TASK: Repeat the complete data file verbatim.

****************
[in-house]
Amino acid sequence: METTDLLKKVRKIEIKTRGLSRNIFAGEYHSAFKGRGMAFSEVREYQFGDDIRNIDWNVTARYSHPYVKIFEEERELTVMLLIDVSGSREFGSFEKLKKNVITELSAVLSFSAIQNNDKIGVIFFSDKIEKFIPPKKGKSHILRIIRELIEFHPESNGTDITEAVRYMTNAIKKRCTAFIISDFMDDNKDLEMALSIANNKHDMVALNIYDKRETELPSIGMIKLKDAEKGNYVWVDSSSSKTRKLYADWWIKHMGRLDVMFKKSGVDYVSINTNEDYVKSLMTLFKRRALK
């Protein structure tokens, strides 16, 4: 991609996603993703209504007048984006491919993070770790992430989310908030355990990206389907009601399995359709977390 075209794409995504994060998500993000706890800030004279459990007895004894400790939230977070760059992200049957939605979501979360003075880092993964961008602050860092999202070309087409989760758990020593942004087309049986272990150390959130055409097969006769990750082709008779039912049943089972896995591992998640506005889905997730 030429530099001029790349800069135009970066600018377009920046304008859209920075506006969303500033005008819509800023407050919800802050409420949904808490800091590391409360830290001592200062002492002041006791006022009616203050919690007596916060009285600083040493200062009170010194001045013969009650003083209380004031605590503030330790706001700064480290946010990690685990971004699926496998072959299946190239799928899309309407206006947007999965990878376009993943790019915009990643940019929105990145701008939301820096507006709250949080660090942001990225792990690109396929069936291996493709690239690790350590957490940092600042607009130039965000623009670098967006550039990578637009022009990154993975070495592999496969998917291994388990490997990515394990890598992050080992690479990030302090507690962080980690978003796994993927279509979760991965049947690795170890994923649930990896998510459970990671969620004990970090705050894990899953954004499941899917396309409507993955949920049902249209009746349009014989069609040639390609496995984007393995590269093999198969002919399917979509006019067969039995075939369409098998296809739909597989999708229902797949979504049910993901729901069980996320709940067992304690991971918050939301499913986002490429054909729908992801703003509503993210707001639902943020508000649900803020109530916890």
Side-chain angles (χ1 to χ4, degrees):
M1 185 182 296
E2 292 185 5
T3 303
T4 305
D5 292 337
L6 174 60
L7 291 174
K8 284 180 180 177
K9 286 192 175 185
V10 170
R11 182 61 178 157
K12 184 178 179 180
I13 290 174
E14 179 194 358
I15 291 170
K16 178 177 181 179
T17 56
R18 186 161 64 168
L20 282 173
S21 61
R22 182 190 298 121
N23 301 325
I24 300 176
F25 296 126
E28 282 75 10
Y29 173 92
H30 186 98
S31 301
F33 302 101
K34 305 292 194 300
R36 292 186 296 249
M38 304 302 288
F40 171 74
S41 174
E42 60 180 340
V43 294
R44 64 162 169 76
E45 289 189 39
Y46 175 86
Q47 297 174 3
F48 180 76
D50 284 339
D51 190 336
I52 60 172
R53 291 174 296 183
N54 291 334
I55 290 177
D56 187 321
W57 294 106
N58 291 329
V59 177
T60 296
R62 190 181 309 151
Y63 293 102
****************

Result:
[in-house]
Amino acid sequence: METTDLLKKVRKIEIKTRGLSRNIFAGEYHSAFKGRGMAFSEVREYQFGDDIRNIDWNVTARYSHPYVKIFEEERELTVMLLIDVSGSREFGSFEKLKKNVITELSAVLSFSAIQNNDKIGVIFFSDKIEKFIPPKKGKSHILRIIRELIEFHPESNGTDITEAVRYMTNAIKKRCTAFIISDFMDDNKDLEMALSIANNKHDMVALNIYDKRETELPSIGMIKLKDAEKGNYVWVDSSSSKTRKLYADWWIKHMGRLDVMFKKSGVDYVSINTNEDYVKSLMTLFKRRALK
């Protein structure tokens, strides 16, 4: 991609996603993703209504007048984006491919993070770790992430989310908030355990990206389907009601399995359709977390 075209794409995504994060998500993000706890800030004279459990007895004894400790939230977070760059992200049957939605979501979360003075880092993964961008602050860092999202070309087409989760758990020593942004087309049986272990150390959130055409097969006769990750082709008779039912049943089972896995591992998640506005889905997730 030429530099001029790349800069135009970066600018377009920046304008859209920075506006969303500033005008819509800023407050919800802050409420949904808490800091590391409360830290001592200062002492002041006791006022009616203050919690007596916060009285600083040493200062009170010194001045013969009650003083209380004031605590503030330790706001700064480290946010990690685990971004699926496998072959299946190239799928899309309407206006947007999965990878376009993943790019915009990643940019929105990145701008939301820096507006709250949080660090942001990225792990690109396929069936291996493709690239690790350590957490940092600042607009130039965000623009670098967006550039990578637009022009990154993975070495592999496969998917291994388990490997990515394990890598992050080992690479990030302090507690962080980690978003796994993927279509979760991965049947690795170890994923649930990896998510459970990671969620004990970090705050894990899953954004499941899917396309409507993955949920049902249209009746349009014989069609040639390609496995984007393995590269093999198969002919399917979509006019067969039995075939369409098998296809739909597989999708229902797949979504049910993901729901069980996320709940067992304690991971918050939301499913986002490429054909729908992801703003509503993210707001639902943020508000649900803020109530916890």
Side-chain angles (χ1 to χ4, degrees):
M1 185 182 296
E2 292 185 5
T3 303
T4 305
D5 292 337
L6 174 60
L7 291 174
K8 284 180 180 177
K9 286 192 175 185
V10 170
R11 182 61 178 157
K12 184 178 179 180
I13 290 174
E14 179 194 358
I15 291 170
K16 178 177 181 179
T17 56
R18 186 161 64 168
L20 282 173
S21 61
R22 182 190 298 121
N23 301 325
I24 300 176
F25 296 126
E28 282 75 10
Y29 173 92
H30 186 98
S31 301
F33 302 101
K34 305 292 194 300
R36 292 186 296 249
M38 304 302 288
F40 171 74
S41 174
E42 60 180 340
V43 294
R44 64 162 169 76
E45 289 189 39
Y46 175 86
Q47 297 174 3
F48 180 76
D50 284 339
D51 190 336
I52 60 172
R53 291 174 296 183
N54 291 334
I55 290 177
D56 187 321
W57 294 106
N58 291 329
V59 177
T60 296
R62 190 181 309 151
Y63 293 102